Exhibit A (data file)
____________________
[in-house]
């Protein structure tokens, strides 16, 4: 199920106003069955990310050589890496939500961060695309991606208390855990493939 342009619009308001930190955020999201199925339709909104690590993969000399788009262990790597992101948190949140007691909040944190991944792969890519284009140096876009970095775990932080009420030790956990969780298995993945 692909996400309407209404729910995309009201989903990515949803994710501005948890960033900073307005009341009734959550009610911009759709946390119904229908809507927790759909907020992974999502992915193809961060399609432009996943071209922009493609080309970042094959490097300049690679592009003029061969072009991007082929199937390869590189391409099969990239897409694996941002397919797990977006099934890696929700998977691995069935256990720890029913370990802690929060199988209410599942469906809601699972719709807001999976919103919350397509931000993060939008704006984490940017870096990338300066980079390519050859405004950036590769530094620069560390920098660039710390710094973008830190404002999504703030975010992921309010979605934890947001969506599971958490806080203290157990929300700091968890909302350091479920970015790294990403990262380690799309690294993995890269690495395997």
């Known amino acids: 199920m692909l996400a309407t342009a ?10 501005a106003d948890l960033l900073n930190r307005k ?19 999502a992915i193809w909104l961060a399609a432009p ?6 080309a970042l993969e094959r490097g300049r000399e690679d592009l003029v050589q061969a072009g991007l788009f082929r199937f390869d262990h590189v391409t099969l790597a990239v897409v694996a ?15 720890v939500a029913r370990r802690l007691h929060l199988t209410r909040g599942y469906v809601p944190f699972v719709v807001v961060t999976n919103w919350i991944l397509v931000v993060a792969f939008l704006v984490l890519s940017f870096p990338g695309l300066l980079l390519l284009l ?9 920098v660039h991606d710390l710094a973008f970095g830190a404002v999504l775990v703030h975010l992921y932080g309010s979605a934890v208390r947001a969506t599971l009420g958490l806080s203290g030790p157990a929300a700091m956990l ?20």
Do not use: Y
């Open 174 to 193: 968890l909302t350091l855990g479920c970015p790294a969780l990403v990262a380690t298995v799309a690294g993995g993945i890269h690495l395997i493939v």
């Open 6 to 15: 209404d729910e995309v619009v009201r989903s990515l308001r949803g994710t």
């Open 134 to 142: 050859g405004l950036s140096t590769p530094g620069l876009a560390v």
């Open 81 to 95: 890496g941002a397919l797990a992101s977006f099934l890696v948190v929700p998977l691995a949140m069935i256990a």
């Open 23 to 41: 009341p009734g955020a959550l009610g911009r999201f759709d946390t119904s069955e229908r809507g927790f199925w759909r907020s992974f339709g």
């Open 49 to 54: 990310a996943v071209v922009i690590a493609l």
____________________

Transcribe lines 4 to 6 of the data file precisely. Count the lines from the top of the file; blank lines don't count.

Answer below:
Do not use: Y
């Open 174 to 193: 968890l909302t350091l855990g479920c970015p790294a969780l990403v990262a380690t298995v799309a690294g993995g993945i890269h690495l395997i493939v």
């Open 6 to 15: 209404d729910e995309v619009v009201r989903s990515l308001r949803g994710t």